Soon the Hot Season will give way to the Rains and the cycle of growth will begin again. To welcome the approaching Rainy Season, and to pray for an abundant rainfall, the people of Thailand will participate in both national and regional ceremonies. His Majesty, King Bhumibol, will grace the Royal Ploughing Ceremony in Bangkok while in Yasathorn, in rural Esarn, huge rocket fireworks will be launched into the sky. Here in Chiang Mai, people from the city, its suburbs and all over Northern Thailand will flock to pray, and pay respects, at the city's Inthakin Pillar. Throughout Thailand, people will pray for a rainy season which will nourish the rice crop and ensure a healthy harvest.
Chiang Mai's Inthakhin Pillar is now housed, in its own special shrine, within the compound of Wat Chedi Luang. Traditionally, the Pillar was sited at the geographic centre of the city -- in this case, with in Wat Sadue Muang (Temple at the City Navel) near the Three Kings Monument. However, as that temple fell into disrepair over 100 years ago (a large Buddha image remains on the site), the Inthakin Pillar was transferred to Wat Chedi Luang which is quite nearby.
No one truly knows the origins of the Inthakin Pillar -- although it follows the worldwide, tribal patterns of fertility rites and phallic symbols such as English Maypole Dancing or the carved totems of native North Americans -- but, in Thailand, it was often thought that such pillars were a direct gift from ancient gods. Many people will relate "A Spirit came down from the Heavens and gave the people a Pillar to protect them". Wherever it came from, it is a real pillar (usually of wood but, sometimes, stone). The Chiang Mai Inthakhin Pillar is a re vered symbol of the city's past and, also, its hopes for the future.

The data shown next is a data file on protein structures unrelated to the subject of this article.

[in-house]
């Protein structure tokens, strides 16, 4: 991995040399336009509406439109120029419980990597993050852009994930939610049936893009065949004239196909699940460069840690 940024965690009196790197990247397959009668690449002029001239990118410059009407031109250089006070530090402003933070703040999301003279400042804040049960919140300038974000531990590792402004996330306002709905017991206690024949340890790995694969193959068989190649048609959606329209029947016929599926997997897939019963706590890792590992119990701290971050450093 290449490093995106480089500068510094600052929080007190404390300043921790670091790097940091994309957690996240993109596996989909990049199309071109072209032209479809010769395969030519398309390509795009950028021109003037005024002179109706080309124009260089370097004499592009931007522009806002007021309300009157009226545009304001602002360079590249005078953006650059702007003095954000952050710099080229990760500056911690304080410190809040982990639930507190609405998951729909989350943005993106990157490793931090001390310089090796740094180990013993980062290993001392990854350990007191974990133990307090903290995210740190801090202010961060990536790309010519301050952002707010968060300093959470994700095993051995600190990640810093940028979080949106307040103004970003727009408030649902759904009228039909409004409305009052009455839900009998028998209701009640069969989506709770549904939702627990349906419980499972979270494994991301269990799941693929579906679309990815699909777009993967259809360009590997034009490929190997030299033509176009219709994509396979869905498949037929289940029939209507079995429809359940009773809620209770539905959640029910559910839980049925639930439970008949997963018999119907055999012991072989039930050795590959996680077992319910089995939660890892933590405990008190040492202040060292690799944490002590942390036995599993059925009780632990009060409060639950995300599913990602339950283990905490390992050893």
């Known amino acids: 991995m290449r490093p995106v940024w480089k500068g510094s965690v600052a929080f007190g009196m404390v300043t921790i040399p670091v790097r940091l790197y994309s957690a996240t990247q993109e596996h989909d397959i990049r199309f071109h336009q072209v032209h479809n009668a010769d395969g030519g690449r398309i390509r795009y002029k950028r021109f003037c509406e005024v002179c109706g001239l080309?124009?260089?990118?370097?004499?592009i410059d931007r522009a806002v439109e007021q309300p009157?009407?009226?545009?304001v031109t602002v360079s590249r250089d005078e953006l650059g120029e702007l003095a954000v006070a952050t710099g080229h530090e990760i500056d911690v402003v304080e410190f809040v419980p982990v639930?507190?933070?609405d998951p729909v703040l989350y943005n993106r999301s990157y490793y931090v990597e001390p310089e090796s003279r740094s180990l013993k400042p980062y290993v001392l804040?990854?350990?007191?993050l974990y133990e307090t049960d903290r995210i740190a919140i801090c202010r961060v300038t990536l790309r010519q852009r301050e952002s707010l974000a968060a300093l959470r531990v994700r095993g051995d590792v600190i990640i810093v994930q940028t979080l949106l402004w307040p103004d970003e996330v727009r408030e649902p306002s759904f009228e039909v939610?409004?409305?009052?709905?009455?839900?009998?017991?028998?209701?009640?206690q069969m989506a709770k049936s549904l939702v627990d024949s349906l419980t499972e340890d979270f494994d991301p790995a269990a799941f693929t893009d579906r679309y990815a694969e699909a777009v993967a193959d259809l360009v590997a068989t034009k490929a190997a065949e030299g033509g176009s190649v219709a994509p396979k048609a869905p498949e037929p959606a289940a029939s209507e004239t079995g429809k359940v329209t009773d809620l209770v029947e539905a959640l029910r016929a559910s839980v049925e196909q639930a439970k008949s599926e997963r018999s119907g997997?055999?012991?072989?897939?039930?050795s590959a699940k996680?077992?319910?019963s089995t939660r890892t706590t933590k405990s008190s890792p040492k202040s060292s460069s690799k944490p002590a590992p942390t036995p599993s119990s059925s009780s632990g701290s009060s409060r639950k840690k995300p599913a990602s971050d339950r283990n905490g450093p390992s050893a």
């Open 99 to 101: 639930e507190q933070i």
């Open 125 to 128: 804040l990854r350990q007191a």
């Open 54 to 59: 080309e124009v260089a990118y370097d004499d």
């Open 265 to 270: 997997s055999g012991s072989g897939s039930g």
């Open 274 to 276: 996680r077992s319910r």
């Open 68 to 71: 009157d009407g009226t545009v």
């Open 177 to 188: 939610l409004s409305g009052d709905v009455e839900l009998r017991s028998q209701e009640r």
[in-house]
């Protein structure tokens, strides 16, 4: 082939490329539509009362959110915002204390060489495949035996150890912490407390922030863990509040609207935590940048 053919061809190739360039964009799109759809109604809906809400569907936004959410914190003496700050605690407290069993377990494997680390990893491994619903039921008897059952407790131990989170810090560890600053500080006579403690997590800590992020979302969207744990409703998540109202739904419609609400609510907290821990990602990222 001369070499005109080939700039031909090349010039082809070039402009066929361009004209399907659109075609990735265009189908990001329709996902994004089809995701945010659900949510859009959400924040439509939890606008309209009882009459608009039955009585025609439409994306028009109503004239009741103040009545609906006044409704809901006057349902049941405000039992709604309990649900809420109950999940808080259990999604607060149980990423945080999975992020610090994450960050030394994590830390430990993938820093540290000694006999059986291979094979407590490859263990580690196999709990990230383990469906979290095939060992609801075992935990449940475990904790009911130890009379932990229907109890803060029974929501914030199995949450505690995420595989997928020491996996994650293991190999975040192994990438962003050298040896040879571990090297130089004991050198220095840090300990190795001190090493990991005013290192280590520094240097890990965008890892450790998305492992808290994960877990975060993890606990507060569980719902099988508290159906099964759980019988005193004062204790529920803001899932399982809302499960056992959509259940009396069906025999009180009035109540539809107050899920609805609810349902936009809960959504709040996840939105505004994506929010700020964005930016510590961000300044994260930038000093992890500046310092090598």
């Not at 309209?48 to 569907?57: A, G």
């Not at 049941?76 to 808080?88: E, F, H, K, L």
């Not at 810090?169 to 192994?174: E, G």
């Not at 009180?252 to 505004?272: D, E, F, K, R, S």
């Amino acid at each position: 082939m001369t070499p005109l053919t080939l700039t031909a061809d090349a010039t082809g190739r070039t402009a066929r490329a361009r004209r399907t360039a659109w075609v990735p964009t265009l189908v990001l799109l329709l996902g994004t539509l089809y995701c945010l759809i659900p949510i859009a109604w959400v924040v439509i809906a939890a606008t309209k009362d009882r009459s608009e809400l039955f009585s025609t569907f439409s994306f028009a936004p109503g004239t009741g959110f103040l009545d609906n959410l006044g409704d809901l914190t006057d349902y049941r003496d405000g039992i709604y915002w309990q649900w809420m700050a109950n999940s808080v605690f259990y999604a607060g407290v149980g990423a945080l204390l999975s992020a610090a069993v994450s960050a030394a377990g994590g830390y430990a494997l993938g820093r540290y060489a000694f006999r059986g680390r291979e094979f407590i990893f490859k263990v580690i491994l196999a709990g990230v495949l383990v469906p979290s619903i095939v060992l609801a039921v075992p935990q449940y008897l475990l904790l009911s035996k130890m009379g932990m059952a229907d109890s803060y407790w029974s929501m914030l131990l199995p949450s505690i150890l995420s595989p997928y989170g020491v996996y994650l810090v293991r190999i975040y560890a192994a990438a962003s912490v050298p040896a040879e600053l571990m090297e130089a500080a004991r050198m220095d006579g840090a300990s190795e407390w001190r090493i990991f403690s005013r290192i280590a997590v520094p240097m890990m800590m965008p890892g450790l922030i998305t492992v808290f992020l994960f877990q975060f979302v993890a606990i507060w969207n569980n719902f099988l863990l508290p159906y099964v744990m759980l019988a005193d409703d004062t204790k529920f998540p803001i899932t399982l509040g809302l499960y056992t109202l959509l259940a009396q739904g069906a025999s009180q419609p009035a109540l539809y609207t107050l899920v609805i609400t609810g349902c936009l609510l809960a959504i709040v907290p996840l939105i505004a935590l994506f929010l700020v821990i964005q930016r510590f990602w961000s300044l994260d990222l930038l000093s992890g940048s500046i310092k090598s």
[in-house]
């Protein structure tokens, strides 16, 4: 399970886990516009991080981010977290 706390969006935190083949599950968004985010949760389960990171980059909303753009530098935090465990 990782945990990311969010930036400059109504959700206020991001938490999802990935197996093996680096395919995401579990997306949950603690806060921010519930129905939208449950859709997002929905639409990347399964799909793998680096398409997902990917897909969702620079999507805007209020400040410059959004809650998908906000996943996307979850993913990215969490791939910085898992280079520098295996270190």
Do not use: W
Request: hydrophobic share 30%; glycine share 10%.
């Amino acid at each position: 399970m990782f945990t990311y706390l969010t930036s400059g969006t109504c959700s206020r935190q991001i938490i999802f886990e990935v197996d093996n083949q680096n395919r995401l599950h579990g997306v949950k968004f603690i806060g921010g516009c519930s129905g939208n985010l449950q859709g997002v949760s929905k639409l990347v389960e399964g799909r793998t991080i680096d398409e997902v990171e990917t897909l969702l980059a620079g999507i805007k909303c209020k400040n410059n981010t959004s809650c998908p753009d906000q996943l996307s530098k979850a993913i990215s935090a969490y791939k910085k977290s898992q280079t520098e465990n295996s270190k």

The week long ceremonies will be from May 24 until May 30. During this time, hundreds of people will attend the Inthakhin either in formal procession or as families or as individuals. There will be a total cross-section of the north Thailand population from farmers, to bankers, to secretaries, to motor mechanics and artisans. Paying respect and praying at the Inthakhin Pillar is not a Buddhist ceremony (the Pillar predates organized religions) but essentially is for everyone to wish for happiness for all people..
The Pillar is sited within it's own walk-in shrine which is only opened during this 7-day ceremony (visitors please note -- the Pillar can not be seen at any other time of year). Any male may enter the shrine to see and to pray. An attire and attitude of respect is essential. Ladies are not permitted to enter the shrine but may view through the entrance portals. In the area surrounding the Inthakhin Pillar Shrine, thousands of candles and incense sticks will burn and there will be ritual washing of a Buddha image with lustral water. People will queue to file past the shrine and will lay gifts of flowers and fragrant herbs at many points circling the shrine.
The Inthakhin Pillar -- while not exactly in the geographic centre of Chiang Mai is certainly at the heart of the people -- remains a potent symbol of fertility to all the generations, young and old, of North Thailand. As a visitor to our northern city, you are welcome to join, or observe, the ceremonies. The Inthakhin Pillar -- within the precincts of Wat Chedi Luang -- is another fascinating part of Chiang Mai and the ancient culture of Lanna Thai.
Directions : Wat Chedi Luang is on Prapokklao Road.
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